George Bruce Malleson

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George Bruce Malleson (8 May 1825 – 1 March 1898) was an English officer in India and an author, born in Wimbledon.

Educated at Winchester, he obtained a cadetship in the Bengal infantry in 1842, and served through the second Burmese War. His subsequent appointments were in the civil line, the last being that of guardian to the young maharaja of Mysore. He retired with the rank of colonel in 1877, having been created C.S.I. in 1872.[1]

He was a voluminous writer, his first work to attract attention being the famous "Red Pamphlet", published at Calcutta in 1857, when the Sepoy Mutiny was at its height. He continued, and considerably rewrote the History of the Indian Mutiny 1857-8 (6 vols., 1878-1880), which was begun but left unfinished by Sir John Kaye. Among his other books the most valuable are History of the French in India (2nd ed., 1893) and The Decisive Battles of India (3rd ed., 1888).[1]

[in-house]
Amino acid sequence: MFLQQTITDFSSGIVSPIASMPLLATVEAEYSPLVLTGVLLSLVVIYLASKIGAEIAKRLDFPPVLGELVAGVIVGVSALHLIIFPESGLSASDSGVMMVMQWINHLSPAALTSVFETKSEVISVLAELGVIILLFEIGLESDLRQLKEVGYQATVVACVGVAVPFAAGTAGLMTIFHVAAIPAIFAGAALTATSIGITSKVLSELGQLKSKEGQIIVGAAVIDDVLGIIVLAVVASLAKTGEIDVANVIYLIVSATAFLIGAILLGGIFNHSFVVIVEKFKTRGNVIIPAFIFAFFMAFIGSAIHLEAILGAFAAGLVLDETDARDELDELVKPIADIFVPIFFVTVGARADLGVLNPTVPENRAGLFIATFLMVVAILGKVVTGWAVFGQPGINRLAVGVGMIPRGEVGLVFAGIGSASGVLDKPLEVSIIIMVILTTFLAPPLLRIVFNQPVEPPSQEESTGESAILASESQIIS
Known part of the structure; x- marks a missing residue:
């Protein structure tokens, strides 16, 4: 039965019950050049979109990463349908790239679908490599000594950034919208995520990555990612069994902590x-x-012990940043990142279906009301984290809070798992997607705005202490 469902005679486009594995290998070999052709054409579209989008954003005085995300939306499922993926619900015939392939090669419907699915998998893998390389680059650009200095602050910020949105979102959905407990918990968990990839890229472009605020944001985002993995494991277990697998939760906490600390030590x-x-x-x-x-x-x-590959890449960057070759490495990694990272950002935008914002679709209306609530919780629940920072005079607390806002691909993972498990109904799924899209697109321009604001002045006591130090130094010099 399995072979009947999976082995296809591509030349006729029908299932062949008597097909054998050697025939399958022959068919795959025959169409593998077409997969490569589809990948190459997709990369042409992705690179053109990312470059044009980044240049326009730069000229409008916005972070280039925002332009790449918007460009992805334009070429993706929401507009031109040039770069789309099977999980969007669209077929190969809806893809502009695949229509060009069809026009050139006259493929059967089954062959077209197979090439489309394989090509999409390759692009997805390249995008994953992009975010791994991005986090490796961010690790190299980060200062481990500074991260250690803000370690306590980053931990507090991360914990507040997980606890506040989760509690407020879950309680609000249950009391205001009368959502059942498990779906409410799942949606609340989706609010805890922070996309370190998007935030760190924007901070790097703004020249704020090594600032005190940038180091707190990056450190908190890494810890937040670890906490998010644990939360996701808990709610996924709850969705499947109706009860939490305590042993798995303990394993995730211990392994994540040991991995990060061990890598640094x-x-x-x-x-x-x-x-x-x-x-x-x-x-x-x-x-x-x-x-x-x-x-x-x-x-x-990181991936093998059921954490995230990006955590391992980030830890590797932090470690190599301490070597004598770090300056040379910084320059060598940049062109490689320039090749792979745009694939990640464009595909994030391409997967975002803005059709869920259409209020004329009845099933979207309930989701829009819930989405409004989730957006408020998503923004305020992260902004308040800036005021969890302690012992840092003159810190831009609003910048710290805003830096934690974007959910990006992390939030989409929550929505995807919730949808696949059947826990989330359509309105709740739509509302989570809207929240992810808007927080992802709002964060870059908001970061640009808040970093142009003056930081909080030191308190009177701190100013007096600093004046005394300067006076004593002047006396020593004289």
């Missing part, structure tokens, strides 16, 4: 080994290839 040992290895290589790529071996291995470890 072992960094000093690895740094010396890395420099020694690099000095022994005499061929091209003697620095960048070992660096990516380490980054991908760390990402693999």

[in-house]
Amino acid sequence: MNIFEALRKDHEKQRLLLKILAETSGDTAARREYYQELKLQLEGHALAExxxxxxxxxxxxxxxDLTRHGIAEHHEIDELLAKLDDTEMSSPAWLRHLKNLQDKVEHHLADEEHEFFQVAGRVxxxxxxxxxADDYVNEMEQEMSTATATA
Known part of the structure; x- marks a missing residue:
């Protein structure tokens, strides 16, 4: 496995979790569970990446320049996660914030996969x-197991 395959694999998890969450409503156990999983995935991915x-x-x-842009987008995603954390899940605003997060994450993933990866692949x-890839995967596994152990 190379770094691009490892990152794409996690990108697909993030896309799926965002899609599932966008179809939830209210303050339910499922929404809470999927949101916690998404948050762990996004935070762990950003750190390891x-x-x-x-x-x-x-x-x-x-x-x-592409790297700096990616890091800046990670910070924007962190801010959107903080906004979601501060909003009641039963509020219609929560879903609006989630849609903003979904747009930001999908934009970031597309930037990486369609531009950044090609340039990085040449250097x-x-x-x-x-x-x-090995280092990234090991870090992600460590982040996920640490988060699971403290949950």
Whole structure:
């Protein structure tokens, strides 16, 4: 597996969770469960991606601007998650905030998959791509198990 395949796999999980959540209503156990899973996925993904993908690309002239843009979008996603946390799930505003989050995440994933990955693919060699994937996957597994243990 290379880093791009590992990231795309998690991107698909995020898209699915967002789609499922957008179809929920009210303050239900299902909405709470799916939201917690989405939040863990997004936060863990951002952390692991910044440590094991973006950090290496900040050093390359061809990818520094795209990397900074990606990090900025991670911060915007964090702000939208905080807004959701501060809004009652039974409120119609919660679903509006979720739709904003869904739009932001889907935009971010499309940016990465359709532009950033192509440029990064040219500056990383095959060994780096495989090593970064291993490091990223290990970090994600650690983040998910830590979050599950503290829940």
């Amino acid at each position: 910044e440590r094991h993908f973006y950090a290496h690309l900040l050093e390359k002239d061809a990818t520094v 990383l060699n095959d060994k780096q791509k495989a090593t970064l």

He authored the biographies of the Mughal Emperor Akbar, the French governor-general Dupleix[2] and the British officer Robert Clive for the "Rulers of India" series.[3]

He died at 27 West Cromwell Road, London, on 1 March 1898.[1]

Works[edit]

References[edit]

  1. ^ a b c Lloyd 1901.
  2. ^ H. P. (1891). "Akbar (Rulers of India) by G. B. Malleson; Dupleix by G. B. Malleson". Revue Historique 47 (2): 387–393. JSTOR 40938228. 
  3. ^ H. P. (1895). "Lord Clive, (Rulers of India) by G. B. Malleson". Revue Historique 59 (2): 404–408. JSTOR 40939319. 
Attribution

 This article incorporates text from a publication now in the public domainLloyd, Ernest Marsh (1901). "Malleson, George Bruce". In Sidney Lee. Dictionary of National Biography, 1901 supplement​. London: Smith, Elder & Co. 

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